Study Supports Coastal Resiliency Institute


The study says Gardner's Basin offers the best site for the institute and would help promote a 'blue economy' in the area.

Galloway, N.J. – Stockton University will move forward to develop partnerships and funding for a Coastal Resiliency Institute and Marine Science Center (CRI/MSC) in Atlantic City.

A recently completed feasibility study commissioned by the university recommended locating the institute in Absecon Inlet, specifically the Gardner’s Basin area.

The study said the center could serve as a nexus for the development of a “blue economy” in the region. It cited the site’s access to the ocean, deep-water marina facilities, and direct access to surrounding waterways, dunes, beaches, wetlands and urbanized coast necessary for teaching and research.

 The study makes three recommendations:

  • Contribute to ongoing initiatives to explore development opportunities in Atlantic City, specifically in the Absecon Inlet region, including Gardner’s Basin.
  • Establish an interim or immediate oceanic outpost at Gardner's Basin.
  • Identify opportunities for research, education and workforce development.

The study was done by a committee formed last summer by Stockton President Harvey Kesselman. The committee’s work is a continuation of a 2019 report recommending such an institute, which was funded by an Innovation Challenge grant to Atlantic City by the New Jersey Economic Development Authority (NJEDA).  This new study was made possible by the generous support of former Senator Willian L. Gormley and Lee A. Levine.

President Kesselman said the institute would provide more opportunities for research crucial to the future of the entire Jersey Shore and its economy and expand Stockton’s commitment as a state-designated anchor institution in Atlantic City. It would also help diversify the Atlantic City economy and create a new image for the city as a leader in environmental issues as well as entertainment and gaming.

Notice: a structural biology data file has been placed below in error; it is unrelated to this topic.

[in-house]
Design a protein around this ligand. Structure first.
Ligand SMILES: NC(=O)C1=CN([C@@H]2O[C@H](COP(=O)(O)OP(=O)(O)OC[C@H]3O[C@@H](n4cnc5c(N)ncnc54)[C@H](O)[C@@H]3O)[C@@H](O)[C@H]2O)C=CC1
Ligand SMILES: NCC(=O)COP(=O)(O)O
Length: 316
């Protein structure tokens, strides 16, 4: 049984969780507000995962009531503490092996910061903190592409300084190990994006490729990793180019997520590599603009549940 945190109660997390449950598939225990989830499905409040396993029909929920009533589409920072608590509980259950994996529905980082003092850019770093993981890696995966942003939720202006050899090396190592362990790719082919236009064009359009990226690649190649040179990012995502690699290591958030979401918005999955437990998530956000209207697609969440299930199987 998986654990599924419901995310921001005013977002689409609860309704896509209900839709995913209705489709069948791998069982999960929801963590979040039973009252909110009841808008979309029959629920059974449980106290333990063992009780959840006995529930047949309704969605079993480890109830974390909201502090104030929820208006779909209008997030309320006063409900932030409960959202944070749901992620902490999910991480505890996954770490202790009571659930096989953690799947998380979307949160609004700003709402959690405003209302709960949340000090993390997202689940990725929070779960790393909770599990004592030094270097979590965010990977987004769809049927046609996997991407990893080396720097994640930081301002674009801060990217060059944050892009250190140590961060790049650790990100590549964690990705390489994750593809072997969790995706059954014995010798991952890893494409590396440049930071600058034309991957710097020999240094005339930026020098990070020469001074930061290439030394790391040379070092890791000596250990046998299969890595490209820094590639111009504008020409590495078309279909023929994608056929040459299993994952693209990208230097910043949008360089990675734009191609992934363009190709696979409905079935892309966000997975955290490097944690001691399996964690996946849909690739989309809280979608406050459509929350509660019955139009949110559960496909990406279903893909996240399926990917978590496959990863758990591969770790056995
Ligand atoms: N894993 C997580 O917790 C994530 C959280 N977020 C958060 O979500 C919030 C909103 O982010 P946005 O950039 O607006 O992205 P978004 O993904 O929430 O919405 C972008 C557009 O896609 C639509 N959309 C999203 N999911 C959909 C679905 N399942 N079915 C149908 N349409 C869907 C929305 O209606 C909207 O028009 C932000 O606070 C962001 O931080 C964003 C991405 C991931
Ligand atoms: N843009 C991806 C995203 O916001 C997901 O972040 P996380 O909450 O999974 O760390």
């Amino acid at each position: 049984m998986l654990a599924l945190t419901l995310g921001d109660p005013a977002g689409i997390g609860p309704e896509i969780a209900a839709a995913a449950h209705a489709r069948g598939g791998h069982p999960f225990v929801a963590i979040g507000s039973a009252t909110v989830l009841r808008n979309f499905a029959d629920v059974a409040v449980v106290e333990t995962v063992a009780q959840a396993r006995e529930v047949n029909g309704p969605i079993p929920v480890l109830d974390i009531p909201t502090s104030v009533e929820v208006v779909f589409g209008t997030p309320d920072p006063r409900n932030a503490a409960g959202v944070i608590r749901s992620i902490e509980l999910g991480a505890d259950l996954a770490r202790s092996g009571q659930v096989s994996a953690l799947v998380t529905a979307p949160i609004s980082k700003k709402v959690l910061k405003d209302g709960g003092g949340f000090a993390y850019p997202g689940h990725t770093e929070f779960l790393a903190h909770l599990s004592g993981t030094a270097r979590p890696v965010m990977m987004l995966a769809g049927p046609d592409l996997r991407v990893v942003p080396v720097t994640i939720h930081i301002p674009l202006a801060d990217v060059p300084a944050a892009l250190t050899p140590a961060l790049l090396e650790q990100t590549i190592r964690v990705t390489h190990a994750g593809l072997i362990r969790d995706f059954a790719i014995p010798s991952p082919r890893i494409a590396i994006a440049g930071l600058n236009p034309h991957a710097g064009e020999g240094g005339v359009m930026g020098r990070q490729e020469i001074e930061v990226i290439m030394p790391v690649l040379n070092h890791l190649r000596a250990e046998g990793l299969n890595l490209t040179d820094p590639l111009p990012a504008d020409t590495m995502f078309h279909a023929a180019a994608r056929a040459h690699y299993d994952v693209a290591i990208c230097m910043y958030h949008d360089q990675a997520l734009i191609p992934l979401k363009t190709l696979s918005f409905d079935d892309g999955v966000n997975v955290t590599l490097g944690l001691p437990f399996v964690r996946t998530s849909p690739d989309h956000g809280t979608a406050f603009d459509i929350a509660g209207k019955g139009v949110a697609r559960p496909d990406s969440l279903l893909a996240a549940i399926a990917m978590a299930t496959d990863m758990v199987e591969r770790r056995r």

“We all recognize that we need to be prepared for the impact of climate change,” Kesselman said. “This center can expand on the crucial work of Stockton’s Coastal Research Center and Marine Field Station, providing research and educating the public and the next generation of marine scientists. Stockton has been a leader in this area for decades and Atlantic City, as an economic driver for the city and the state, can and should be the location for this institute.”

The study says global climate change and associated sea level rise, coupled with regional development of offshore alternate (wind) energy, make it essential that the resilience of New Jersey’s coastal communities be the focus of efforts to study and plan for the health of these important drivers of the shore economy, the coastal ocean, the barrier islands and surrounding coastal ecosystems.

The study notes that the inlet region would provide synergies with the “blue economy,” including alternate energy and commercial fishing industries as well as tourism and other development opportunities.

No specific timeline has been established. Kesselman said time is of the essence and he will be actively looking for public and private partners and supporters at the local, state and national level. Dredging of portions of the Absecon Inlet region will be necessary to provide appropriate access for vessels to the Gardner’s Basin area.

“This is too important not to do,” Kesselman said. “We will figure out a way, but we cannot do it alone.”

 #          #          #
Diane D’Amico
Director of News and Media Relations
Galloway, N.J. 08205